Sewer improvements might prevent overflowing
BATON ROUGE - The Department of Public Works' SSO Program is taking an active approach in dealing with overflowing sewers.
Crews with the Department of Environmental Services are installing sewer overflow alarms and tracking systems in about 20 manholes around the parish. These systems could help make flooding a thing of the past, especially in some problem areas that have a history of flooding.
"I think that it makes us proactive, rather than reactive," said Director of Environmental Services Karen Khonsari. "It gives us an opportunity to go back and analyze our operations and maybe trim back some pumps upstream."
The system has already been installed in a manhole at Cedardale and S. Lakeshore across from University Lake. It's an area where neighbors have complained about overflow problems for years.
In July, DPW said it was fixed by easing the pressure up stream. The new sensors will continue to monitor the area and alert the city of any problems during future rain events.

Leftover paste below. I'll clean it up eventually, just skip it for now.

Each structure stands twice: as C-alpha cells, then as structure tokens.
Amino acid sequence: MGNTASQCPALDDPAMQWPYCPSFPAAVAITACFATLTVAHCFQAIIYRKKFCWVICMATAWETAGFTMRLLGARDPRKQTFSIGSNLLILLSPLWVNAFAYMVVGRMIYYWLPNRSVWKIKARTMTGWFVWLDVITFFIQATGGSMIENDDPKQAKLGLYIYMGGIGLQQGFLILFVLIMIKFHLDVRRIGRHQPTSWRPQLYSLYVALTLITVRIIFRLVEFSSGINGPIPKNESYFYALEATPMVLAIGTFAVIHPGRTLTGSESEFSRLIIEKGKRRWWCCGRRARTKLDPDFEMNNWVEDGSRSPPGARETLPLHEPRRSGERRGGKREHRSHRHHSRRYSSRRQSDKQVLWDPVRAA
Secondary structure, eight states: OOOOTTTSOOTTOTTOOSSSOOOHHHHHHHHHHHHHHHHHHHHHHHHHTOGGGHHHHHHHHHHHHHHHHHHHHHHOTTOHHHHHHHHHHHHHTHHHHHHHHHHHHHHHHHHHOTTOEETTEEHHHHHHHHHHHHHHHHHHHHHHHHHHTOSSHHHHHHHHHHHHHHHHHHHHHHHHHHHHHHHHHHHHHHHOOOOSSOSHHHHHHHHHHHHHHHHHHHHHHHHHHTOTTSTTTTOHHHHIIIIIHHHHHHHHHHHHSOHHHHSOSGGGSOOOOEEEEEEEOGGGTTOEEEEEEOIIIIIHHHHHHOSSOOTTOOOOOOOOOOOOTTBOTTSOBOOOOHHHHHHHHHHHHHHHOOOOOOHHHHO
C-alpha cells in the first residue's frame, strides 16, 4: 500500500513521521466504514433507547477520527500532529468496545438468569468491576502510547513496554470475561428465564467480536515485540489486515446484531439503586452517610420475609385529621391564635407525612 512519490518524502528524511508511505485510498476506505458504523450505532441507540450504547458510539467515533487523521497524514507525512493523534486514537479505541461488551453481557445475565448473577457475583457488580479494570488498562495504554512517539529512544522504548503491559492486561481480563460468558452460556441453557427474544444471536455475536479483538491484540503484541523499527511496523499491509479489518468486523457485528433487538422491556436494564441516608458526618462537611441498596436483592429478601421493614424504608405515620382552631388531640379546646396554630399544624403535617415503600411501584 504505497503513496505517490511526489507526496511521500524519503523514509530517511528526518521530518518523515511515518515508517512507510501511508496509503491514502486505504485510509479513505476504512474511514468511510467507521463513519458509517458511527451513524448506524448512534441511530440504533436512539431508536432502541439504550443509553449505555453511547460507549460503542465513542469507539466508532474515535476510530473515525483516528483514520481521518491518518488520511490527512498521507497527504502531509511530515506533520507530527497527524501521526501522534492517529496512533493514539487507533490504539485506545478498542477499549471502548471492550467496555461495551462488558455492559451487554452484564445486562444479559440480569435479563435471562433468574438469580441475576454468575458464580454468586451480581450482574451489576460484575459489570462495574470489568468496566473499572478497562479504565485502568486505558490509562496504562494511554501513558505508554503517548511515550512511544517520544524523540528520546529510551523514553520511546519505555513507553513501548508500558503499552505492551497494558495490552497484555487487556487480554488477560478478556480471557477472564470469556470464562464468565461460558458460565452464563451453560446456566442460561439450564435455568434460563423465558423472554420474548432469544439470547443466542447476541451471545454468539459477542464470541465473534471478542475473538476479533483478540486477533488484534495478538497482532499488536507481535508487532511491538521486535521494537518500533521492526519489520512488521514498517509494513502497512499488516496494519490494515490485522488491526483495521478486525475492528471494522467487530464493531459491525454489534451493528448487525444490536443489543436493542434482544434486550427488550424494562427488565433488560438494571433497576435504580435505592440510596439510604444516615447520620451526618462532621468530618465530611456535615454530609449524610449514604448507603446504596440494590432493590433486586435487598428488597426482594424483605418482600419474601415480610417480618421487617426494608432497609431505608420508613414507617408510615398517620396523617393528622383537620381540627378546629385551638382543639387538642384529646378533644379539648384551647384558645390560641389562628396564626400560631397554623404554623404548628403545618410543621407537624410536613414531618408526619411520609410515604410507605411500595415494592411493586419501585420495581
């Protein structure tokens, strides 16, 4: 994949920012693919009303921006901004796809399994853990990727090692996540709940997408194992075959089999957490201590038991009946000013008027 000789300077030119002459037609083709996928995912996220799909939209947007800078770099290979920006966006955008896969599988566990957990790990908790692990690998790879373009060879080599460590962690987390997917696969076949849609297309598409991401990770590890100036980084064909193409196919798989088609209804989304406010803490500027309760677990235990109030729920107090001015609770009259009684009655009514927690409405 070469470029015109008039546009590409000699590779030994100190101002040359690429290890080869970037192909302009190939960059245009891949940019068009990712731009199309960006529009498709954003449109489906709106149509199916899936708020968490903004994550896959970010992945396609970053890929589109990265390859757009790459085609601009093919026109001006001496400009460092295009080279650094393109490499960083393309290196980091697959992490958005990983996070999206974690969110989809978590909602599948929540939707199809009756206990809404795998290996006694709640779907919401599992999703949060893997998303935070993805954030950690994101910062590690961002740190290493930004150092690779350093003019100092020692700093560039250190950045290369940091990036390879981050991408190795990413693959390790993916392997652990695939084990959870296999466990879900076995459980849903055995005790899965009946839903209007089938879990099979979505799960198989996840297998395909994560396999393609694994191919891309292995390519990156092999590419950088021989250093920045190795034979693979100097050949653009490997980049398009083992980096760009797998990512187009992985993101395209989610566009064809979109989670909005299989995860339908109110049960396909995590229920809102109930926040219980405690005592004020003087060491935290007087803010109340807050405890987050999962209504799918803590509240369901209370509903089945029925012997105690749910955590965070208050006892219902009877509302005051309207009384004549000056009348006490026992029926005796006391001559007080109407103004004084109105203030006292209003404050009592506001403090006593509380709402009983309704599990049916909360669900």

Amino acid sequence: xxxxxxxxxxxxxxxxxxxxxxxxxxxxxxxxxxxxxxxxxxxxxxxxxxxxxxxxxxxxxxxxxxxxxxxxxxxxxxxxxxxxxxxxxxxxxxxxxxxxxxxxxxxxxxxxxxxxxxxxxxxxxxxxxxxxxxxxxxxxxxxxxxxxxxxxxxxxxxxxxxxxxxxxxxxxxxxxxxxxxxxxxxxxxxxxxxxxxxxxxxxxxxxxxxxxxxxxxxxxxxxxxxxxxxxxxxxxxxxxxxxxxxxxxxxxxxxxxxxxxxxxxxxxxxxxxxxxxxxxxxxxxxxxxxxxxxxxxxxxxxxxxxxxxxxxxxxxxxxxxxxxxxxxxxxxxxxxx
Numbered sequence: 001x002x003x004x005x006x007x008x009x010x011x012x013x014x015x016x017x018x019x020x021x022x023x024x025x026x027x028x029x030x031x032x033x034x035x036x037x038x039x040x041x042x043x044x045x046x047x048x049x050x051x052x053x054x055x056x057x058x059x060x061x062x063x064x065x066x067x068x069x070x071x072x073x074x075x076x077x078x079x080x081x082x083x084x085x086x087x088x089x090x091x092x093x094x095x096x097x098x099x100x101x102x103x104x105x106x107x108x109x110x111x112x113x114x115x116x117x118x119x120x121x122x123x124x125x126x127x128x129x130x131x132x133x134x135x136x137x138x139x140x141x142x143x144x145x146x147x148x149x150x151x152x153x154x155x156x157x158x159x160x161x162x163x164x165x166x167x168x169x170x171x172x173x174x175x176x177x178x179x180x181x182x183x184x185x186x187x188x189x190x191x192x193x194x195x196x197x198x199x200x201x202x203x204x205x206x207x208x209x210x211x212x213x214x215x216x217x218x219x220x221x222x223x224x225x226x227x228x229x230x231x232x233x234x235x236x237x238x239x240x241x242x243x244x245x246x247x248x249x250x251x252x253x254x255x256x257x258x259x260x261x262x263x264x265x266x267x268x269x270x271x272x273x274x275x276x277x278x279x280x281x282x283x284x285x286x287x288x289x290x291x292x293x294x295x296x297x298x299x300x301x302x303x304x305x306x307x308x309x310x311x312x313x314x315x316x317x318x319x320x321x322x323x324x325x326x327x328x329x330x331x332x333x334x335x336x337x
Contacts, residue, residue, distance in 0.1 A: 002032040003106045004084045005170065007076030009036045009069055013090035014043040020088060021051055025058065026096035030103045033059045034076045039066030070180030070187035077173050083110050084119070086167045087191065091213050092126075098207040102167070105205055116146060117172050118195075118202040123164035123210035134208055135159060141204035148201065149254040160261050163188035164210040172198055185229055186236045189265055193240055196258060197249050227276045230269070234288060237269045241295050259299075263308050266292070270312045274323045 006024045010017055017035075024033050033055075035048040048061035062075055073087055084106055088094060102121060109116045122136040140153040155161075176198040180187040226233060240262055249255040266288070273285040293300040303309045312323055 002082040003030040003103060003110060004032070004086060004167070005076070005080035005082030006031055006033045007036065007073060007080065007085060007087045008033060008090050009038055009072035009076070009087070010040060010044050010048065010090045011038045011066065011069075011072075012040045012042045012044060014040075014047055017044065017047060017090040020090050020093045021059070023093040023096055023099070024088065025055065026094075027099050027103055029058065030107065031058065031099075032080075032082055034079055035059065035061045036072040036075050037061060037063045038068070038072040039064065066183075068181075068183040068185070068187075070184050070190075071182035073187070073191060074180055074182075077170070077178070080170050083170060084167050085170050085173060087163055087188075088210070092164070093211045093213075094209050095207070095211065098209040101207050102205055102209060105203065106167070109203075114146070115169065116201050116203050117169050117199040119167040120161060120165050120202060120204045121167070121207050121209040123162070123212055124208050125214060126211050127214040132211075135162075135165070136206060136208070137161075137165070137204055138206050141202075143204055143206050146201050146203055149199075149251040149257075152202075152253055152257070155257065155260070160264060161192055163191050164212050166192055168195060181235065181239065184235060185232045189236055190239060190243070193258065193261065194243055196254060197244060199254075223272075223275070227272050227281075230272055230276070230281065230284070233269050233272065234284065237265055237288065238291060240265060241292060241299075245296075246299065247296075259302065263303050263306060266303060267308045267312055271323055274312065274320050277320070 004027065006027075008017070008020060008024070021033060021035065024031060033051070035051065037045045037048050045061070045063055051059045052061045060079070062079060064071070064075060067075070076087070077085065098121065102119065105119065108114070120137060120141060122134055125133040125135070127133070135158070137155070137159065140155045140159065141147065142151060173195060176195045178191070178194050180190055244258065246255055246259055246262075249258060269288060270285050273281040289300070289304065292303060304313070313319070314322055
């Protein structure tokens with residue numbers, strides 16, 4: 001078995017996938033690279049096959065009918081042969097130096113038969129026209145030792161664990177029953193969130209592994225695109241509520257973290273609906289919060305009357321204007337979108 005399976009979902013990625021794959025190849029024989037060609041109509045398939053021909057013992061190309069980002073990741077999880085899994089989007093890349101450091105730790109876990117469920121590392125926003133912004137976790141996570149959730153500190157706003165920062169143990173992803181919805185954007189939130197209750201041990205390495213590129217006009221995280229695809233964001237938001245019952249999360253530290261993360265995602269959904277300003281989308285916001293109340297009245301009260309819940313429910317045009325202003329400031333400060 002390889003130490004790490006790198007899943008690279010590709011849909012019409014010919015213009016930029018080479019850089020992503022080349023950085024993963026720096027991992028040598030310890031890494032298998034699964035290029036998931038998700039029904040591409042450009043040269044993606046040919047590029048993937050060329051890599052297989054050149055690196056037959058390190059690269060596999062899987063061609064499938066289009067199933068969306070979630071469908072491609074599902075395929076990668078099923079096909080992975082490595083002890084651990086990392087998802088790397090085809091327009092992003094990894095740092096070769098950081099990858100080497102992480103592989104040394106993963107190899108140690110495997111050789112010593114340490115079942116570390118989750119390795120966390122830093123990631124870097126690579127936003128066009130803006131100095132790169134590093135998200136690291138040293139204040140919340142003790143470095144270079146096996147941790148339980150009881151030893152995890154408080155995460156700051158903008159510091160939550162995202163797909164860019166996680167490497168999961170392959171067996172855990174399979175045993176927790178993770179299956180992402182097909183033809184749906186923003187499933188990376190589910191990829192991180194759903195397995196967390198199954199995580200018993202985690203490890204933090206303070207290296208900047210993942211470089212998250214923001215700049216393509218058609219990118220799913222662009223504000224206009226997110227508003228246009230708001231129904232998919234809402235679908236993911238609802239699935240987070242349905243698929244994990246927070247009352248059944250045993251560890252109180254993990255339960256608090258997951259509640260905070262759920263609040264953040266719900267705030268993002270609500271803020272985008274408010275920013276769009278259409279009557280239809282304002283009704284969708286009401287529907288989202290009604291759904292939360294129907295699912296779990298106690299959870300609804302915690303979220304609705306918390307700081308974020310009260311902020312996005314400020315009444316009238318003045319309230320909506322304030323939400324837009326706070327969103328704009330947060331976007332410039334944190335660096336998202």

"[The sensors] gives them an advanced warning," said Mission Communications Sales Manager Matt Crousillac. "From there, they can actually turn pumps off in certain locations and turn other pumps on and shift the water to other parts of the city rather than overflowing into the lake."
When there is significant surcharge or overflow in the sewer, sensors send alerts to maintenance response staff so action can be taken.
Below is a map of locations where these sewer systems will be installed. Khonsari said the project should be completed by the end of September. The $1.6 billion sewer system is expected to be complete in 2018.
Desktop NewsClick to open Continuous News in a sidebar that updates in real-time.
Tales of paranormal activity surrounding the Old State Capitol
The Louisiana Red Cross gives out free smoke alarms in two neighborhoods
LSU to wear uniforms saluting fallen WWI heroes Saturday
Mega Millions jackpot reaches $1 billion ahead of Friday drawing
Power restored in downtown Baton Rouge after electrical fire causes hours-long outage